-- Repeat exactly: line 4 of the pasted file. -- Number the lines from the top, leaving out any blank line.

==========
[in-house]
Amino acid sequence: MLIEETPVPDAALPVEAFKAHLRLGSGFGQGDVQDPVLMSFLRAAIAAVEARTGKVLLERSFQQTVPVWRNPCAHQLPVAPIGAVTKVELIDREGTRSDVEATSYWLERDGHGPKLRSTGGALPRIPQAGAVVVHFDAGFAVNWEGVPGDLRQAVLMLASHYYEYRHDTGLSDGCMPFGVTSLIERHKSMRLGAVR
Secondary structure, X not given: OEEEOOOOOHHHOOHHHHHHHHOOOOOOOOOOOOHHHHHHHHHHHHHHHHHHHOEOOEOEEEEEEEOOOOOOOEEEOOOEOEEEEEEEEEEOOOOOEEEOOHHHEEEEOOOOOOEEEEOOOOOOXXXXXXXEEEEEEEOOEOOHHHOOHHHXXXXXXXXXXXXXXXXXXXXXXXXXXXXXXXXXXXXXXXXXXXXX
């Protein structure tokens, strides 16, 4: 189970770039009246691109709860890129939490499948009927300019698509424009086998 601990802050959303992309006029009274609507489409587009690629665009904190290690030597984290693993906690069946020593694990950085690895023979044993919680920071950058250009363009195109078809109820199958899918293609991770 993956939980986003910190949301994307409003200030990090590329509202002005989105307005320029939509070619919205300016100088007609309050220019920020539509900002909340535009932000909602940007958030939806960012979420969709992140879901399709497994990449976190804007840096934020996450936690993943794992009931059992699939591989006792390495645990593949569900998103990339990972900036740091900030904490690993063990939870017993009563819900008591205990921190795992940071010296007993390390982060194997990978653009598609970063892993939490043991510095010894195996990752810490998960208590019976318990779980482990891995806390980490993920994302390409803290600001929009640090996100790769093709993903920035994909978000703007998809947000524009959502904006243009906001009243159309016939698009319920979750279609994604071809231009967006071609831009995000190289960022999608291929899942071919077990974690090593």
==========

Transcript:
């Protein structure tokens, strides 16, 4: 189970770039009246691109709860890129939490499948009927300019698509424009086998 601990802050959303992309006029009274609507489409587009690629665009904190290690030597984290693993906690069946020593694990950085690895023979044993919680920071950058250009363009195109078809109820199958899918293609991770 993956939980986003910190949301994307409003200030990090590329509202002005989105307005320029939509070619919205300016100088007609309050220019920020539509900002909340535009932000909602940007958030939806960012979420969709992140879901399709497994990449976190804007840096934020996450936690993943794992009931059992699939591989006792390495645990593949569900998103990339990972900036740091900030904490690993063990939870017993009563819900008591205990921190795992940071010296007993390390982060194997990978653009598609970063892993939490043991510095010894195996990752810490998960208590019976318990779980482990891995806390980490993920994302390409803290600001929009640090996100790769093709993903920035994909978000703007998809947000524009959502904006243009906001009243159309016939698009319920979750279609994604071809231009967006071609831009995000190289960022999608291929899942071919077990974690090593």